I'm hoping to get started on my new boat this coming week.  It is six hours away, I'll bring a lot of tools, but wondering if I need anything special to get the shafts out of the couplers?  I had to turn down a socket and make a holding tool on my last boat. 

This boat is all original, and I need to cross Lake Michigan after launch to bring it home.  All critical rubber parts need to be replaced, my friend who restores boats professionally reminded me the shaft logs too.  I'd like to replace the packings with a dripless shaft seals while it is apart.  I'll have to see if there is room, and if the shaft is clean enough for a lip seal.

I'd also like to know how much coolant is in these freshwater systems, I'll need to drain both engines to replace all the hoses, and should really put fresh coolant in anyway.

I'm trying to hold off with questions until I get the Super Disk and Resource Collection, they are ordered, might have a lot of info I need.

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If your already going thru the trouble of replacing your shaft  packings I'd recommend removing the shafts and props and have them reconditioned and balanced. 

A prop shaft that is not true will prematurely wear out packings and make for undesirable vibration.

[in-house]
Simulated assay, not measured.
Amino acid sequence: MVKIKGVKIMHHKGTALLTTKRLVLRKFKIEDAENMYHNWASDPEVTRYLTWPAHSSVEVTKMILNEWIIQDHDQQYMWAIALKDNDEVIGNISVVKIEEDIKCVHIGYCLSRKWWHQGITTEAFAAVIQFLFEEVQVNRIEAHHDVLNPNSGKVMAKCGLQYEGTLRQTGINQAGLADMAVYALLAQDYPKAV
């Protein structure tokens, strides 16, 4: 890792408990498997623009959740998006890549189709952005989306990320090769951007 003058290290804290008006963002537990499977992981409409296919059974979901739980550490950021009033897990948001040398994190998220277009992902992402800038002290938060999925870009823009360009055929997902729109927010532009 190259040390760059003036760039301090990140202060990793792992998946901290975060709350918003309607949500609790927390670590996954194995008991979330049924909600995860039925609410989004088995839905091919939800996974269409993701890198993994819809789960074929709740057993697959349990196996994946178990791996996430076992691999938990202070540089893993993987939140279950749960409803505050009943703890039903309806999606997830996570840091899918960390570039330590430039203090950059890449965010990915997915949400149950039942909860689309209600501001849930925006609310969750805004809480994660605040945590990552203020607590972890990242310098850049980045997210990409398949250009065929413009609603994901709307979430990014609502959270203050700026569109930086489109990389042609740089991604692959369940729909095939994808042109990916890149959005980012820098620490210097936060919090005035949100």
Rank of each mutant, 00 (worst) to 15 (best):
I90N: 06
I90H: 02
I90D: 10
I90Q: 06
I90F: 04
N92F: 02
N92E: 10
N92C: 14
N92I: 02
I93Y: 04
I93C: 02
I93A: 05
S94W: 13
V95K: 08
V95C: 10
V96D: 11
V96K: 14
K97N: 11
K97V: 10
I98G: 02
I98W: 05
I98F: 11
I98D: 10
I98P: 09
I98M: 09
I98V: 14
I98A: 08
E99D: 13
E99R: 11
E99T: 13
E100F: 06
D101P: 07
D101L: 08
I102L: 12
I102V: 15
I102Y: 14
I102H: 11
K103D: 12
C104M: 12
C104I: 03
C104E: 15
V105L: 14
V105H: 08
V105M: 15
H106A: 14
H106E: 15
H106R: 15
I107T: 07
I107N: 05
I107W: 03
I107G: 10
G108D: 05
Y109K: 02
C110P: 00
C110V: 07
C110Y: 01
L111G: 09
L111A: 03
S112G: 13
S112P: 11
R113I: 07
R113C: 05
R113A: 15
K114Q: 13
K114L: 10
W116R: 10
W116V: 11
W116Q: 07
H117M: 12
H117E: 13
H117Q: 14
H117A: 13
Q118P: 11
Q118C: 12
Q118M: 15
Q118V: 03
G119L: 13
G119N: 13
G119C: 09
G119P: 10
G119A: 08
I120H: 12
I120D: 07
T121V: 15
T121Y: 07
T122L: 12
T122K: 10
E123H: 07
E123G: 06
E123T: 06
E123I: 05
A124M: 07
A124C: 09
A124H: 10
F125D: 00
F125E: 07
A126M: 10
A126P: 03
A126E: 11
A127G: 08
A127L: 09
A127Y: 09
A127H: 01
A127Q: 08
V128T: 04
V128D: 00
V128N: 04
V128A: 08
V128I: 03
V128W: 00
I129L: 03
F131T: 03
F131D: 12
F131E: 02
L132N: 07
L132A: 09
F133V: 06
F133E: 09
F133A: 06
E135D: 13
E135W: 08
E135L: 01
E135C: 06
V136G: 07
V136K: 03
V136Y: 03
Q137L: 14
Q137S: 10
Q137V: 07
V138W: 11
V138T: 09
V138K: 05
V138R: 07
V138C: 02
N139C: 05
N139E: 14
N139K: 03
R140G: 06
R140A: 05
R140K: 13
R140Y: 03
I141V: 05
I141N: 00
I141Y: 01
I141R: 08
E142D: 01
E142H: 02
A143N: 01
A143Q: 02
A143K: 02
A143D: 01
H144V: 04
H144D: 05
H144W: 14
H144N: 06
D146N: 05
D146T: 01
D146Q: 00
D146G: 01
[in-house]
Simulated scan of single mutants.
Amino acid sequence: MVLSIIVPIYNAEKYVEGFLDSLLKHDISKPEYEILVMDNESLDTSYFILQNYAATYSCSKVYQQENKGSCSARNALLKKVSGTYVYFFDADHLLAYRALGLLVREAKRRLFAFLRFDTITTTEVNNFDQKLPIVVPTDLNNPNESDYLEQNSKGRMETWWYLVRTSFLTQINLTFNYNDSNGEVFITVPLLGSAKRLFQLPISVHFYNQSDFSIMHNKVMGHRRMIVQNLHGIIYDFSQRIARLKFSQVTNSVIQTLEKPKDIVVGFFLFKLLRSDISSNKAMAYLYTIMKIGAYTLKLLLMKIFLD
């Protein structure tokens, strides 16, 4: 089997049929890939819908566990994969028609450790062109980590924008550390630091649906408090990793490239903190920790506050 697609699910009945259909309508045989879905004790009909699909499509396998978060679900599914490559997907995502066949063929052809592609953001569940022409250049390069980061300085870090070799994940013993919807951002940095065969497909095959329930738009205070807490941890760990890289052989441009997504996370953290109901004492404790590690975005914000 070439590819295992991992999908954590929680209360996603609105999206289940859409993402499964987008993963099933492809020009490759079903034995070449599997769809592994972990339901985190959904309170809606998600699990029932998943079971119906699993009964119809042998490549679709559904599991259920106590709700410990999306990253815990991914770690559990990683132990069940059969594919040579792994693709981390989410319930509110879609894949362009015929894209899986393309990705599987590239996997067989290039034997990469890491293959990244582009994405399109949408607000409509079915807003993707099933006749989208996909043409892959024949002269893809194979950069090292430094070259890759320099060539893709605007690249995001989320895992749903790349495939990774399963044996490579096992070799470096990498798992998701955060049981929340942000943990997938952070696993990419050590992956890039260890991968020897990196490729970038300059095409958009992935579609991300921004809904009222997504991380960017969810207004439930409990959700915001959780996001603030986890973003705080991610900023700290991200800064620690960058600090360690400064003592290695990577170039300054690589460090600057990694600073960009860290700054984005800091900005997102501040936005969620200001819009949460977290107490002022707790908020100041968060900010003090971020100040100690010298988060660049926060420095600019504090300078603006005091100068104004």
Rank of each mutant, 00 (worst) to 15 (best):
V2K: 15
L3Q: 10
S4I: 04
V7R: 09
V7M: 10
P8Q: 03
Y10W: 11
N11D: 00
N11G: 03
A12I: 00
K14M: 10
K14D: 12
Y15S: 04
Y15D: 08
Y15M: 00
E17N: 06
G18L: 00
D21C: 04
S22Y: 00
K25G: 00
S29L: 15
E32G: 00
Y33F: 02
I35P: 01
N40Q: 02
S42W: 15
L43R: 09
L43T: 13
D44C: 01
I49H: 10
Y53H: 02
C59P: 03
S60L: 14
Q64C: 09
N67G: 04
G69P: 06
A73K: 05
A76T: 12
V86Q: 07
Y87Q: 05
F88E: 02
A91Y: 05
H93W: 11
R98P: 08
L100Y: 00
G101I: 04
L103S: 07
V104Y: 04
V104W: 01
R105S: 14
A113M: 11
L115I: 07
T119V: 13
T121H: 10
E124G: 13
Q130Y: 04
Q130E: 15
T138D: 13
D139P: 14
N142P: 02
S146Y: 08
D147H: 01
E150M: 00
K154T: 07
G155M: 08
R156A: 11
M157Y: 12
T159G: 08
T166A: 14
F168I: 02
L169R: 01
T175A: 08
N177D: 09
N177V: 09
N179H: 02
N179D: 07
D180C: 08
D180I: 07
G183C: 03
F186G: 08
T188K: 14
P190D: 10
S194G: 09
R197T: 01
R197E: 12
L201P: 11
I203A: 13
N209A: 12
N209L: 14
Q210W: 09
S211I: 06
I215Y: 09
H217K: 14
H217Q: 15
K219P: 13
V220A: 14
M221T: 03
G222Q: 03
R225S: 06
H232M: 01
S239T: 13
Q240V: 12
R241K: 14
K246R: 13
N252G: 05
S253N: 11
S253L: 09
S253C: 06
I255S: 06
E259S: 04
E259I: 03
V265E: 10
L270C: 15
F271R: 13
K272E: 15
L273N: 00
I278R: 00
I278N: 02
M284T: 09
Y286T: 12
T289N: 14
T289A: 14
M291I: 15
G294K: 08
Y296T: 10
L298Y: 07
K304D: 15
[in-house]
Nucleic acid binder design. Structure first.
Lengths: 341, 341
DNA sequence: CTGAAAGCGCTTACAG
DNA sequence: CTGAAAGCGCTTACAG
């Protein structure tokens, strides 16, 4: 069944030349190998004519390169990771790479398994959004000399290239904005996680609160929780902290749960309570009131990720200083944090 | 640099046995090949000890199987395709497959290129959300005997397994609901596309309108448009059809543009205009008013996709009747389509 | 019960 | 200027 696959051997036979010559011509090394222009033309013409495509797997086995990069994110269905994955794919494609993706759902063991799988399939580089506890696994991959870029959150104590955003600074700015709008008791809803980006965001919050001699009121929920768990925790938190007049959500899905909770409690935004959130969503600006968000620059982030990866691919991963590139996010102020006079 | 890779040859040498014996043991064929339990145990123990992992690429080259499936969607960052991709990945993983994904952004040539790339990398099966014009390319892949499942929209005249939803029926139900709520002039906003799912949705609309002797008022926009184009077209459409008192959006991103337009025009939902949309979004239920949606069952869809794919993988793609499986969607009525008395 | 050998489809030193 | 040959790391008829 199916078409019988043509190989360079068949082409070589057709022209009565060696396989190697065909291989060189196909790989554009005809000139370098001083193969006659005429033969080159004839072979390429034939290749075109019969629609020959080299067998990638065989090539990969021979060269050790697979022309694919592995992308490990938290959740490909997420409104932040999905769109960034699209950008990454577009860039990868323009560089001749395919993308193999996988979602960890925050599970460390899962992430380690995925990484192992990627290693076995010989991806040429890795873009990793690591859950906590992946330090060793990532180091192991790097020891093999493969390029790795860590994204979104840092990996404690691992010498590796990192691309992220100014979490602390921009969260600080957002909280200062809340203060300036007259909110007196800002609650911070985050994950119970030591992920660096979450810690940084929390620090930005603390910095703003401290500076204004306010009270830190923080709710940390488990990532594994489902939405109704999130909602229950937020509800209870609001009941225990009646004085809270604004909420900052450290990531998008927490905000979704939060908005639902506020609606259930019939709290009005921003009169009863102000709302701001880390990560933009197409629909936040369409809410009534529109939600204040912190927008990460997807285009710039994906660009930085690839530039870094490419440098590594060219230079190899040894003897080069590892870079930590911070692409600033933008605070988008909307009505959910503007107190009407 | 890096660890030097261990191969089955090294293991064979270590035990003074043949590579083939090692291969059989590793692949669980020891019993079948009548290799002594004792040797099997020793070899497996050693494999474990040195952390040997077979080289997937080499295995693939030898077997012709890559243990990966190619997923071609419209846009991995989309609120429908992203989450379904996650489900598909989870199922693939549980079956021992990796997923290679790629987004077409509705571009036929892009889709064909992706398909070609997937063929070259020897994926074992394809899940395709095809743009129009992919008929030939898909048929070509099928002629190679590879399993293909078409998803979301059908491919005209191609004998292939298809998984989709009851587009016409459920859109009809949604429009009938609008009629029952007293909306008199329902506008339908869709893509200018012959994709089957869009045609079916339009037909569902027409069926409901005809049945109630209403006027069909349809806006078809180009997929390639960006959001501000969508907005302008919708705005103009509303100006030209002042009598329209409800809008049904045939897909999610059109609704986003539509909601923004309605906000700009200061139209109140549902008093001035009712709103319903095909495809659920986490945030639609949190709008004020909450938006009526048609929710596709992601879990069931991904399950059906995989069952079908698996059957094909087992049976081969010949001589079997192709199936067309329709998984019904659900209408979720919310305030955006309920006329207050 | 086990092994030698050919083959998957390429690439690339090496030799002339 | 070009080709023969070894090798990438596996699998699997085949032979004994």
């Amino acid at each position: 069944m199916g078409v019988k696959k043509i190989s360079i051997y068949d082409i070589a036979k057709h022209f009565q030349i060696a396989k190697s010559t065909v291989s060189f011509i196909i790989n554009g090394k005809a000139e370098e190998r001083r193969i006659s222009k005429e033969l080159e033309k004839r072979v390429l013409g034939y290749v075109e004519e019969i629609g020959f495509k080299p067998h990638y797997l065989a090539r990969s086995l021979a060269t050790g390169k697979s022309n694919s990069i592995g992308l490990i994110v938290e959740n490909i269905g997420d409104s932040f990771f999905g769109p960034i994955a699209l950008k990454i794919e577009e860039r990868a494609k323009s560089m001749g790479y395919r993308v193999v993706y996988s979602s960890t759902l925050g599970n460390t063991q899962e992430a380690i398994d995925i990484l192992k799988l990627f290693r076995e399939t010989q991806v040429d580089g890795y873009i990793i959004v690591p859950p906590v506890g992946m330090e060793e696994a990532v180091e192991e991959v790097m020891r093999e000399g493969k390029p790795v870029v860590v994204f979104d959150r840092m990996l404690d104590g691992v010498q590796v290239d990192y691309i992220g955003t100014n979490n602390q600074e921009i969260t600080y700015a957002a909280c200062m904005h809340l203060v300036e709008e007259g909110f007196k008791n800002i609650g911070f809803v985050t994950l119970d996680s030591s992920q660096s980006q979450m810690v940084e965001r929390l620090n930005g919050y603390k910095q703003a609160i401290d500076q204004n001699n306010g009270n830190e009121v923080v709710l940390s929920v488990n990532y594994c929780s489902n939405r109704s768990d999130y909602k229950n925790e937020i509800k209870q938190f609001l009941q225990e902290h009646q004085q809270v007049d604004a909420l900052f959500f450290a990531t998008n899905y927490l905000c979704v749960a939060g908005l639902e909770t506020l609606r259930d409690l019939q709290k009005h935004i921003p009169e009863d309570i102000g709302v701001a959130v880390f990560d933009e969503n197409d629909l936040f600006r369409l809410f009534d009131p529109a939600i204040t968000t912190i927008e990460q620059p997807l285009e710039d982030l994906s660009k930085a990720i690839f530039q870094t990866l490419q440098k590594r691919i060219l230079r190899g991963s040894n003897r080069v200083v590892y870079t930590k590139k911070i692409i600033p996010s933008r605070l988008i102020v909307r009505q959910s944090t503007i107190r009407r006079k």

Plus its nice piece of mind  starting off on a new to you boat with all running gear in proper order

If it is  fresh  water  cooled there is no coolant, the files  section  will  help  with  many  of  your  questions.  I  am  not  sure  there's  space  for  dripless, I would  check  the  packing, determine  the  size, have  that on hand, do a 30 minute run, if necessary  at idle  while  moored to see if  all is well or additional  packing is needed.

Getting  the  shafts  out  of  the  couplers  is difficult.  I  found  the  easiest  way  was  to use  longer  bolts, separate  the coupler, put a socket or nut slighty smaller than the  shaft  diameter, between the flanges and use  this  to  press the  shaft  out.

  See Morland  and my recommendation  for  couplers.

Sorry, I meant fresh water cooling, as opposed to sea water cooling.  The engines run coolant through a heat exchanger.

I've never messed with replacing packing, my last boat had Tides dripless seals, and I liked how they worked.  Packing is certainly more durable and safe, but the wet bilge.  I pulled the shafts on that boat to add spare seals, sounds like similar deal using long bolts and a socket to push the shaft out of the coupler.  Guess I'll have to get familiar with the hardware store in Sturgeon Bay to put something together.

500 hours on the packing, not sure if it has been replaced in 45 years though, like everything on the boat.  I know it was well maintained.  Rudder and trim-tab packing also will have to be looked at.